Chancellor Harold L. Martin, Sr., and Dr. Jagannathan Sankar are among the Piedmont Triad leaders named to the “Most Influential People” list by The Business Journal of the Triad.
Martin was cited for his “ambitious agenda” to increase the university’s enrollment, research and engagement. Sankar earned his place on the list by virtue of the technology commercialization work recently initiated by the NSF Engineering Research Center for Revolutionizing Metallic Biomaterials, of which he is director.
Other persons of interest on the list:
- Dr. David Carroll, Director of the Center for Nanotechnology and Molecular Materials, Wake Forest University;
- George Clopton, Vice President of Supply Chain Operations, Ralph Lauren Corp., High Point, and board chairman, International Civil Rights Center and Museum;
- “Elder statesman” Henry Frye, now of counsel with the law firm Brooks Pierce McLendon Humphrey & Leonard;
- Shirley Frye, chair of the Joseph M. Bryan Foundation, vice chair of the N.C. A&T Foundation, and board member for the N.C. School of Math and Science and High Point University, among many others; and
- Dean Jim Ryan of the Joint School of Nanoscience and Nanoengineering.
The Gateway University Research Park has created space for use as a business incubator for nanobio start-ups. The “NanoBio Launchpad” is located at the park’s south campus in the building next door to the Joint School of Nanoscience and Nanoengineering (JSNN).
The 2,500 square foot space contains three offices, eight workstations and a shared laboratory.
From The Business Journal:
“Ideally, Launchpad occupants will be able to benefit from the close proximity to the JSNN and the new Nanomanufacturing Innovation Consortium, through which private-sector nano organizations gain access to the expensive equipment and brainpower at the school. In the best case scenario for Gateway, companies that get started in the Launchpad will grow into traditional space in the research park’s current and future buildings.”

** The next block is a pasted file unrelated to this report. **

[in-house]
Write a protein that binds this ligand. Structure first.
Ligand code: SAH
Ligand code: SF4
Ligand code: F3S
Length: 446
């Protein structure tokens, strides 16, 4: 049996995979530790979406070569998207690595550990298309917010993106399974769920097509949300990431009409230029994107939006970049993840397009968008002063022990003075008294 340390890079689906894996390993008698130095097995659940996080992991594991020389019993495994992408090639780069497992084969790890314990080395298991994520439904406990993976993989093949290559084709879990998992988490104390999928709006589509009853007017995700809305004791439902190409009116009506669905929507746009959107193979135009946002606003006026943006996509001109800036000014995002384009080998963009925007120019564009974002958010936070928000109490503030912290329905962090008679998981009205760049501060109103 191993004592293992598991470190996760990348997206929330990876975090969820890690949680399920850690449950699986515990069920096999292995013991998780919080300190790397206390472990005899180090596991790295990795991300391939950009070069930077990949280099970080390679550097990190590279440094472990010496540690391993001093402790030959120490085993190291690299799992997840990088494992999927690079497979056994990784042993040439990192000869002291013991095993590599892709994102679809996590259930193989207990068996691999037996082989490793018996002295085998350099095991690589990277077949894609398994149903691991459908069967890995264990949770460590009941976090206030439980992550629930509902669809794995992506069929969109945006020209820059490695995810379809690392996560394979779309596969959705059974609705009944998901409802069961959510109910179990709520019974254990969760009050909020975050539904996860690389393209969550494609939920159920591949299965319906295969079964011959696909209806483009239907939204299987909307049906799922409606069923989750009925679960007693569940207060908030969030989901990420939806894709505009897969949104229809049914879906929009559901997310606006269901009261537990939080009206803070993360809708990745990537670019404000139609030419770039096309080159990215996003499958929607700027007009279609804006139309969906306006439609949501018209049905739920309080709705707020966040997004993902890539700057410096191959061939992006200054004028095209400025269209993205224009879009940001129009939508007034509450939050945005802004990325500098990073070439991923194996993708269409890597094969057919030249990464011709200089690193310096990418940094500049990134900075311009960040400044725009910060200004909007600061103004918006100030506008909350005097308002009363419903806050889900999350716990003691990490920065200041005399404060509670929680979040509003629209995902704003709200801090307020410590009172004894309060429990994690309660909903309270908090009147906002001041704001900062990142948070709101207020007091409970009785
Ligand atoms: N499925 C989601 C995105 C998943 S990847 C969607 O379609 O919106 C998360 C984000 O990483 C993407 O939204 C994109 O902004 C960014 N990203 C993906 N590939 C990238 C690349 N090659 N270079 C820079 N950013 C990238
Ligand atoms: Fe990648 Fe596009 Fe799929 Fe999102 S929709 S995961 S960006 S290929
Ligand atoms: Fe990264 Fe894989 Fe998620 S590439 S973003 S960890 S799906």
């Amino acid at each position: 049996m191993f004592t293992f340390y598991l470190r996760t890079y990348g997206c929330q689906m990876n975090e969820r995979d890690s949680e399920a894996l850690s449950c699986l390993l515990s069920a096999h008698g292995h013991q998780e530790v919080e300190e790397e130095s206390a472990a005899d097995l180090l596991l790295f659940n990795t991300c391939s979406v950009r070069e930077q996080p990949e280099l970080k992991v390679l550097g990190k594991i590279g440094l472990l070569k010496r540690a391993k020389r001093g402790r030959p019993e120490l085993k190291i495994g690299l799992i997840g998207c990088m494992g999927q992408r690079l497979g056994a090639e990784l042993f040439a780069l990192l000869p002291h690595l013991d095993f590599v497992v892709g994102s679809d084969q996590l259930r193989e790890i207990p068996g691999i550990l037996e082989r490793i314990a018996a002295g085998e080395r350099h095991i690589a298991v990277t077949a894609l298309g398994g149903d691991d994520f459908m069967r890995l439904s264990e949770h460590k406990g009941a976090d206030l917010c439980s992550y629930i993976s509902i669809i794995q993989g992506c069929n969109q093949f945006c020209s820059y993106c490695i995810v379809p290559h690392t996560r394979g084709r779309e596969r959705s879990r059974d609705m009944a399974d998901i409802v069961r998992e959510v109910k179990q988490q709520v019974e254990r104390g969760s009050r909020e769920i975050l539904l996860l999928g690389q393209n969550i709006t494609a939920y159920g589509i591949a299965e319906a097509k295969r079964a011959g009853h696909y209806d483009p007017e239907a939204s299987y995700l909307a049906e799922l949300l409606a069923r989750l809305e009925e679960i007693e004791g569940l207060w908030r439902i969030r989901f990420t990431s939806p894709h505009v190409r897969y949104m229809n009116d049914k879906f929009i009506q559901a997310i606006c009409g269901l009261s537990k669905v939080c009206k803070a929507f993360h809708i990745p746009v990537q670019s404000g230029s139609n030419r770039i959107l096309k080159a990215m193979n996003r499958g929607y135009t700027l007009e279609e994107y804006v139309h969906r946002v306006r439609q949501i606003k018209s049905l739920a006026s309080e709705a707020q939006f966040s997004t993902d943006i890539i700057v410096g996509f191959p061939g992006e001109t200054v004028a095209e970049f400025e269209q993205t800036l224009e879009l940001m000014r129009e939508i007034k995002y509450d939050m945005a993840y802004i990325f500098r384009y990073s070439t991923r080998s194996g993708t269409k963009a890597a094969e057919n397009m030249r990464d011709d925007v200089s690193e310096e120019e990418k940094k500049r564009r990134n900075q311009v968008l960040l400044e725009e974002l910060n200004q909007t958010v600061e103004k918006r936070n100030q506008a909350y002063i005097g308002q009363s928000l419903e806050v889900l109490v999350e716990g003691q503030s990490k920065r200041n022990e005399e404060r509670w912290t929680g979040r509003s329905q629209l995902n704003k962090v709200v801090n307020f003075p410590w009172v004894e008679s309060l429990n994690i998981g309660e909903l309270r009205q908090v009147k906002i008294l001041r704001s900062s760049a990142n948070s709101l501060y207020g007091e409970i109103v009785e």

The full Business Journal article is here.
The Launchpad is in the Research Facility One building. The building also contains the U.S. Department of Agriculture, Natural Resource Conservation Service and East National Technical Support Center; Advaero Technologies, a N.C. A&T nanotech spin-off company; and Gateway’s administrative offices.
The Gateway research park and JSNN both are operated jointly by N.C. A&T and UNC Greensboro.
Some government agencies and businesses aren’t waiting for the energy industry to start delivering on the promise of biofuels. Increasingly, in North Carolina and other states, they’re moving ahead on their own.
Their progress will be the subject of the second annual statewide conference on civic and small-scale biofuel projects, to be held next month at the Joint School of Nanoscience and Nanoengineering.
The event is organized by the Biofuels Center of North Carolina and is hosted by N.C. A&T and the Joint School. It will feature talks and case studies on smaller-scale biofuel and biomass production projects operating in North Carolina (including Charlotte, Hickory, and Raleigh), Florida, and Alabama.
Speakers will include officials of state and local government agencies, the private sector, and universities.
The conference will be held Thursday December 13, beginning at 10 a.m. It will conclude with a 3 p.m. tour of biofuel and bioproduct research and development projects at the JSNN. There is no fee to attend. Registration information and the full agenda are at the conference website.
The full title of the event is “Civic and Small-scale Biofuels Statewide: A Second Annual Convening of Civic, Production, and Agency Parties.”
Worth noting: Some places aren’t quite ready to move on such opportunities. A local case in point is reported in today’s edition of the News & Record.
Two recent items from the news media worth noting:
President Rafael Correa of Ecuador visited the North Carolina Research Campus in Kannapolis this week, and he liked what he saw, big time. From The Charlotte Observer:
Correa is studying the research, scientific instrumentation and collaborative environment of the research campus as a model for the development of Yachay, a planned city of science and technology being built in Ecuador’s northern province of Imbabura.
“Amazing! Outstanding!” said Correa. “A learning experience for us. We are building, in our country, a planned city of knowledge, (and) we want to learn from your experience.”